The letter went on to state that all dwellings built before 1979 are presumed to have lead-based paint.
The City gave Howard 60 days to remediate the lead hazard.
“My initial reaction,” says Howard as he looks at the letter, “you know that song, ‘What you going to do when they come for you’? Well, they came for me.
“I knew my house was falling apart,” he says, his voice trembling as his eyes open wide. “I’m on disability — a fixed income — and I couldn’t afford the repairs. I couldn’t do anything but watch my house slowly fall apart. I definitely didn’t think it was illegal, though.”
Howard became depressed in the days after receiving the letter. He worried that the City would fine him, that he would be unable to pay the fine.
“Immediately after getting the first letter, I thought, ‘Oh my God, what do I do now?’ The fight-or-flight question, suicide, I didn’t know what else I could do.”
Howard phoned the City. He explained that he lived on monthly disability checks, that he didn’t have the money to pay someone to remove the lead paint or the strength to do it himself. The city employee transferred Howard to the San Diego Housing Commission for information on federal grants. A few months later, Howard’s home was inspected and found to have high concentrations of lead-based paint. Contractors were called out and estimates prepared. Howard learned that he qualified for $30,000 in grants to remove the lead paint and make repairs.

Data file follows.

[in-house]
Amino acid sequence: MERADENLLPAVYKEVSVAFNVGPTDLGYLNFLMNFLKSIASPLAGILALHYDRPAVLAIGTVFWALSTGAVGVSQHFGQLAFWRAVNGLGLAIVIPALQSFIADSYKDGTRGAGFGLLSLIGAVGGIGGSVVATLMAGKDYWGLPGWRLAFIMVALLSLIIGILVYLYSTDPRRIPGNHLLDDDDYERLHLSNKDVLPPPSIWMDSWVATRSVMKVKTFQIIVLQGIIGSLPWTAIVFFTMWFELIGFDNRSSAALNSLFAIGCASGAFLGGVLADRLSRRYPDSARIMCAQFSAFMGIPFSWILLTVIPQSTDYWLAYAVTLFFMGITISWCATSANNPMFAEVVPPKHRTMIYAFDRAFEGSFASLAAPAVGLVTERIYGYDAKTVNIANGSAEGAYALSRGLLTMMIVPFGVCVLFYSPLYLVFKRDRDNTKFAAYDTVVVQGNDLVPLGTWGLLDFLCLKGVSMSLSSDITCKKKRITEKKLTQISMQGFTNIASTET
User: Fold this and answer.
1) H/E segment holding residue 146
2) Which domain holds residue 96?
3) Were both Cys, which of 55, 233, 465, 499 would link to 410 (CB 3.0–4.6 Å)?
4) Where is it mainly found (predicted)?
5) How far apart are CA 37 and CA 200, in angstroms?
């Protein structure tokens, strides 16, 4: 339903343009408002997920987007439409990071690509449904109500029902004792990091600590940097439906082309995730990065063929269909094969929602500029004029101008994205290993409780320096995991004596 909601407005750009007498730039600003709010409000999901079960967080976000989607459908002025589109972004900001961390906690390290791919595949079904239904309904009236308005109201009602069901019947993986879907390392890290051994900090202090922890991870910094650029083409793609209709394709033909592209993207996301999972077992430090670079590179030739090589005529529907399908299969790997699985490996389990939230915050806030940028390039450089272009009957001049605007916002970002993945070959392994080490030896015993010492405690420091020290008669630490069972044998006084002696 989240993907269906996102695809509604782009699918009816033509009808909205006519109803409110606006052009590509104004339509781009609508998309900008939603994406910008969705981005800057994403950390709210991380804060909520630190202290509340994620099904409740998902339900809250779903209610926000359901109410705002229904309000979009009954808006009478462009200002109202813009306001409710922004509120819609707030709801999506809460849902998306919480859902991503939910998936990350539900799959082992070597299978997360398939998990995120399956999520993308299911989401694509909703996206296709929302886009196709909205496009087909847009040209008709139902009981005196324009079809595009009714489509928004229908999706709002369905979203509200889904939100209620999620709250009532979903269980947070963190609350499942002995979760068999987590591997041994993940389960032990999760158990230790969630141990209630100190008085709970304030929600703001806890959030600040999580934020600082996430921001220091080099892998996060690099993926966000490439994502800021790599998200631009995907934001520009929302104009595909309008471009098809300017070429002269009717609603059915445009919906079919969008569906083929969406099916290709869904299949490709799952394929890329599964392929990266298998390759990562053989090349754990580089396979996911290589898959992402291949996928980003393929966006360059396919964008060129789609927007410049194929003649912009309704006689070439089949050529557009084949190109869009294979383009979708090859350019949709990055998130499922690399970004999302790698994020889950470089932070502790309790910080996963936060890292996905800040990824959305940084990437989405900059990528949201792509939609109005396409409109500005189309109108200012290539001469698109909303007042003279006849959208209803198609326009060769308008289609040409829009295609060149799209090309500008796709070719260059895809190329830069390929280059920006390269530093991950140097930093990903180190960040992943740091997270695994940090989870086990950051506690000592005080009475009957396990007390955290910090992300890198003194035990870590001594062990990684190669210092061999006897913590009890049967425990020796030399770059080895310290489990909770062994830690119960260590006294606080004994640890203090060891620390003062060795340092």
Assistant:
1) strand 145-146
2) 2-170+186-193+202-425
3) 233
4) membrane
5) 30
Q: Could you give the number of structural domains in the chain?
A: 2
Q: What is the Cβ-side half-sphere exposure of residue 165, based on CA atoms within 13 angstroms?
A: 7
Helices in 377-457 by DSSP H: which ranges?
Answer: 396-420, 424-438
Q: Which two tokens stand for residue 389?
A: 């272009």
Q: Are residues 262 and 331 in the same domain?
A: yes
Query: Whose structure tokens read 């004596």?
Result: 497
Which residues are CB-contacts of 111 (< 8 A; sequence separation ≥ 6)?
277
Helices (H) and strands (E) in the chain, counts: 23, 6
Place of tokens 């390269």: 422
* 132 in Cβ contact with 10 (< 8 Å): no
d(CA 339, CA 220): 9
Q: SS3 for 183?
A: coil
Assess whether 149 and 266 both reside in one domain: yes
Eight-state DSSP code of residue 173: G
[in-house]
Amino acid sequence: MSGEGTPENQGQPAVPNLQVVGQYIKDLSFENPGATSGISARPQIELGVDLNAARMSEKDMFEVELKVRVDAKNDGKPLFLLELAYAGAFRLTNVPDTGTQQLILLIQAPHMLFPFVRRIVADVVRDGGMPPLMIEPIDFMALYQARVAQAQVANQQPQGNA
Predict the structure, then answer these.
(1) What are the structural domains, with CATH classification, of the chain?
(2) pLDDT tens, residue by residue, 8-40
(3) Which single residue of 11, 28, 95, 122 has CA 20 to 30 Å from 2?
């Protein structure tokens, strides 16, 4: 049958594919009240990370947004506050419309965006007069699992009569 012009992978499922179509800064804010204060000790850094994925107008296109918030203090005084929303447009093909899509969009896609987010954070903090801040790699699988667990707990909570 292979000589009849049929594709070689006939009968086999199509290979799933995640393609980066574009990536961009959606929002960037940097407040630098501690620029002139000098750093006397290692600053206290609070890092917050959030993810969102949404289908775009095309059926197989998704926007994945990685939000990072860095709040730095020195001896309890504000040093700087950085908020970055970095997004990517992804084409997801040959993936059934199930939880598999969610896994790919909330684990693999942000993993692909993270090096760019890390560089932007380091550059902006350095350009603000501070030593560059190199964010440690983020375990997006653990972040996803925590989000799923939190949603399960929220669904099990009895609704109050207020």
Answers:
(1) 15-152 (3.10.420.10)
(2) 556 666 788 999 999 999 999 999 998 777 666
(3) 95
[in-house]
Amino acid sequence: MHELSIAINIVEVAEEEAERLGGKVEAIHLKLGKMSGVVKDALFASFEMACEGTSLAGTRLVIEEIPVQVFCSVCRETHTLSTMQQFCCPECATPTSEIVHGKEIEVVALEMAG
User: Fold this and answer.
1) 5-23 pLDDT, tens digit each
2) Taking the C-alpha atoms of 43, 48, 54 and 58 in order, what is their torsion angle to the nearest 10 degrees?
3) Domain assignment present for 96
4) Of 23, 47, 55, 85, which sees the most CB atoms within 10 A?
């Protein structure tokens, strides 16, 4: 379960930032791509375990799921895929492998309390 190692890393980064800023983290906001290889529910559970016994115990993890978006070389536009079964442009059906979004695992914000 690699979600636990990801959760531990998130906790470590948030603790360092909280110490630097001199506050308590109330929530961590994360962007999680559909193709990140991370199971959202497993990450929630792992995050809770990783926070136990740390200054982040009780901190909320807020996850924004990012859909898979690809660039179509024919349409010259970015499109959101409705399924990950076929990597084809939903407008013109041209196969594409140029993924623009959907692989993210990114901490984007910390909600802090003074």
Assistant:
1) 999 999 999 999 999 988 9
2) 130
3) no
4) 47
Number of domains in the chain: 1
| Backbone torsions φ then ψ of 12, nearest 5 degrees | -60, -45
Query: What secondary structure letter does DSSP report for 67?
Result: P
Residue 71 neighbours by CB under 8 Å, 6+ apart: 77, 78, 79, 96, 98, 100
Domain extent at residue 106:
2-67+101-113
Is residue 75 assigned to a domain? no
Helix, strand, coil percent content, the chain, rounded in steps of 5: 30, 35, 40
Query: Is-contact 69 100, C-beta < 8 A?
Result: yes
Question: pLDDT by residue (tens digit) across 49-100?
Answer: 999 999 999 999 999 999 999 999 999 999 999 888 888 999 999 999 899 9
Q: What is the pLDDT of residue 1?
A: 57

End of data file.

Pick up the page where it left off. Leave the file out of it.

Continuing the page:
Howard stands up from his chair using the nine-iron as a crutch and walks toward the back of the house. He lists all the work that needs to be done, inside and out, and points to furniture and other junk littering his yard that needs to be moved before work can be started.
“I thought they would condemn my house. I still have my concerns about my anxiety. I am still freaking out about the work that I have to do to get the house vacated to have them work on it while I’m in some motel someplace. My biggest fear is not being able to make it work-ready.”
Howard is not the only one in the city who has been notified that his or her house or building is a lead hazard. The City of San Diego estimates that nearly 310,000 residential units in San Diego were built before 1979, when lead was used in paint. The Lead Hazard Prevention and Control Ordinance, signed into law in April 2008, is the City’s attempt to reduce the presence of lead inside and outside homes.
Although budget cuts have affected nearly all city departments, the operating budget of the Lead Safe Neighborhoods Program has increased this coming fiscal year. Currently, the City employs five full-time lead-program inspectors, each earning between $56,000 and $67,000 per year, to inspect neighborhoods and commercial property for potential lead hazards. Budgeted for fiscal year 2011 is an additional $73,393 for a program coordinator.